A little further down the line, we've got C2E2 coming up (April 6-8), looking to feature a bit more bookish material than usual this year (I spot Nnedi Okorafor and Ada Palmer on the roster, for instance).  DuPaul's annual and always-awesome Pop Culture Conference is, this year, A Celebration of Slashers, April 28.

Our friends at Otherworld Theatre have a number of readings coming up (including a play based on Forster's The Machine Stops, March 19). They're also fundraising to take over the Public House Theatre as a permanent space, which would do amazing things for SFF performance arts in Chicago.

Speaking of fundraisers, please check out Volumes Bookcafe's Indiegogo, which is aiming to pay off some unexpected costs from their initial opening, so they can continue to thrive. Volumes has quickly become one of the main driving forces in the Chicago literary scene, hosting hundreds of events, author talks, book clubs, and more, and it would be a real tragedy to seem them go. Authors and organizations have chipped in a slew of rewards for supporters, consider helping out.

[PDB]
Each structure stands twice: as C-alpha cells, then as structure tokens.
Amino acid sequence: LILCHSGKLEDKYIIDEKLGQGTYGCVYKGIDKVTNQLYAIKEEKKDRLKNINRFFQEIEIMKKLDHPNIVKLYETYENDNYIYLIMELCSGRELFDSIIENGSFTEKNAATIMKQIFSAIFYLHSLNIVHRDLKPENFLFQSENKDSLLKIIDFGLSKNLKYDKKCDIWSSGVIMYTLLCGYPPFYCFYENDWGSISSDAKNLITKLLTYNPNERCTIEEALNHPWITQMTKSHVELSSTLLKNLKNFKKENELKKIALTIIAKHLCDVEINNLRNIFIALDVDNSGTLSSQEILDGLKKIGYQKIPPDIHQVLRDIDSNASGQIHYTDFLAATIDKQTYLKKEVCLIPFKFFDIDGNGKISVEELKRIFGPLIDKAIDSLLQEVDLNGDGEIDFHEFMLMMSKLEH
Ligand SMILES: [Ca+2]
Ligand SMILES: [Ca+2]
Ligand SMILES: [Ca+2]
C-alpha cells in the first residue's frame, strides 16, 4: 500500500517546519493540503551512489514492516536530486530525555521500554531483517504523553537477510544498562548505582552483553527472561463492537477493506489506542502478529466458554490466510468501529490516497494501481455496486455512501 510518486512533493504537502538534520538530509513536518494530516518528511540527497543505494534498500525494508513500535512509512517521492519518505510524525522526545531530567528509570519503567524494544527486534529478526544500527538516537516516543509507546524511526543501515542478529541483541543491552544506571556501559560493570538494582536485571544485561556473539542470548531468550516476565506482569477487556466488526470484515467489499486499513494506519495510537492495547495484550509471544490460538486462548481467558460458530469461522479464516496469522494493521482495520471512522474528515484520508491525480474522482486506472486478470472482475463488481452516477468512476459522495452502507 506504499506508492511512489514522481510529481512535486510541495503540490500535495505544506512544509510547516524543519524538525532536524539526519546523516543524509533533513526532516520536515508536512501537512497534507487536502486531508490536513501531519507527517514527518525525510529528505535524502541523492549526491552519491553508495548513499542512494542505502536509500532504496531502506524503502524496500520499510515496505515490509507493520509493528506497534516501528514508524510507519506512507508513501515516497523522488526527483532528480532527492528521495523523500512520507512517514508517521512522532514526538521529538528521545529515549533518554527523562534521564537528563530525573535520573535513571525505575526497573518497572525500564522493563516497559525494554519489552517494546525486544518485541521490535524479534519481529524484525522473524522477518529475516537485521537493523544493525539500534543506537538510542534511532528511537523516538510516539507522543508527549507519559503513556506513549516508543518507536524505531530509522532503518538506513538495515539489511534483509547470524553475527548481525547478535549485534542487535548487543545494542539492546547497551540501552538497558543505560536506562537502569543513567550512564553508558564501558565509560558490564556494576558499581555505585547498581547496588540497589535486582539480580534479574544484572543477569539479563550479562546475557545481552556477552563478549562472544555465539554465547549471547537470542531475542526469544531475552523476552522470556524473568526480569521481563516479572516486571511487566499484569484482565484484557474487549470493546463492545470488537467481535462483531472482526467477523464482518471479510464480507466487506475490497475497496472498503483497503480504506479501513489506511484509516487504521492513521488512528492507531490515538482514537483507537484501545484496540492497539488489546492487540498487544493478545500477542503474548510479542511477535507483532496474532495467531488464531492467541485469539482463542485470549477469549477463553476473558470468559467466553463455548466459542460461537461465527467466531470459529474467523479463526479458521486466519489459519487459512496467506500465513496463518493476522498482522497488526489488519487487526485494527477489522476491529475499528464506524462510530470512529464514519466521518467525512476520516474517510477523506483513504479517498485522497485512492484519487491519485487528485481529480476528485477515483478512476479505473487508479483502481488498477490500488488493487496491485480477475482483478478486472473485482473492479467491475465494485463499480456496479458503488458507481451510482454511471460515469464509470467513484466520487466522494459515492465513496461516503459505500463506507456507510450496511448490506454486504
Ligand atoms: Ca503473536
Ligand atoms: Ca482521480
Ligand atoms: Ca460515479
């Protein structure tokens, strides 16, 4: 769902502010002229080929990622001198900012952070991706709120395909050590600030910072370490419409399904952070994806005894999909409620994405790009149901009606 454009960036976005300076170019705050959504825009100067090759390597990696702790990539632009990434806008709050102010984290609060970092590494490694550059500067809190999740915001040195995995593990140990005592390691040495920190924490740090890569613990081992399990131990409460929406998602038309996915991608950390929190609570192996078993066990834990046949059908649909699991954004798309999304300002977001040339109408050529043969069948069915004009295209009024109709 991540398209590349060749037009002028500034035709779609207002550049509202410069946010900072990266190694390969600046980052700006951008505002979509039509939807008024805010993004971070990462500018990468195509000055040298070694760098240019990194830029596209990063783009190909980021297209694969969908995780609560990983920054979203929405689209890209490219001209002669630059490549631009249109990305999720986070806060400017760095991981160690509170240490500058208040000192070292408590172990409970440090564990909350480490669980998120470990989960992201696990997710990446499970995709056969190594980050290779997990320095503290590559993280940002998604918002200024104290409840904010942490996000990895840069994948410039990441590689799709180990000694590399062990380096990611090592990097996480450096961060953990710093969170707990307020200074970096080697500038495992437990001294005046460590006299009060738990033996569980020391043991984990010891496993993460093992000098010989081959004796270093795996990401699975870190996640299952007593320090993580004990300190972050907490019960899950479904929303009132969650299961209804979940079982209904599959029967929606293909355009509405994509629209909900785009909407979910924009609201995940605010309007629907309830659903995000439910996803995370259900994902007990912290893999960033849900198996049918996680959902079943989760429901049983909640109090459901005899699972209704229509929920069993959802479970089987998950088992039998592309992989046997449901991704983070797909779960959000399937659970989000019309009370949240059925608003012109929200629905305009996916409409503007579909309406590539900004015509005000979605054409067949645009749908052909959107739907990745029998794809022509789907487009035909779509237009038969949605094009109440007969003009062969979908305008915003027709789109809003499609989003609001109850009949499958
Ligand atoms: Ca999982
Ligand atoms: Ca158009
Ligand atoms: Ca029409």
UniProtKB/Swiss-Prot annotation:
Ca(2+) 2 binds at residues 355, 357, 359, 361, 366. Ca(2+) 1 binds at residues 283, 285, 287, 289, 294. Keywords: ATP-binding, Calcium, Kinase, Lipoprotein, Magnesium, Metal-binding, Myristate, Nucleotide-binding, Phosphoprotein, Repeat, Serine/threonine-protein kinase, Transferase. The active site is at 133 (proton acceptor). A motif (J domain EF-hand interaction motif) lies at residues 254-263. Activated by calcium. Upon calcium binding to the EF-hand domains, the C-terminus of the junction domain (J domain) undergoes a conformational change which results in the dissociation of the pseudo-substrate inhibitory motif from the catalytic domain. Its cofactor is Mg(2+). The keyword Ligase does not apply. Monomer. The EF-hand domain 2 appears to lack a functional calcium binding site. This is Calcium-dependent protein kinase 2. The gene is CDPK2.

As always, check our Upcoming Events Page and Facebook Events for tons of book clubs and many more miscellaneous events.

Monday, January 22, 2018

Casella's 2017 SFF reflections

This past year has been like...submarines below their depth, and sinking further. Pressure creaking, unsure what hatches are safe to open, long tense moments listening, wondering what's next. I can't believe the piece I wrote after the election is over a year old—it feels like yesterday, and it feels like decades ago.

The political reality has had me one moment ready to write off all this genre fascination as escapism & trivialities, and then the next I'm convinced that it's exactly what we need right now: this cocktail of imagination, empathy, curiosity, silliness, willingness to dream but also to care deeply about reality, about the world and each other.

Also, as you may have seen from my reduced output here: I got busy otherwise, day job taking up a bit more time than previously, so I haven't had as much energy for Positron as I'd like.

But the books have been good. The discussions, the friends and fen, have been a bright spot.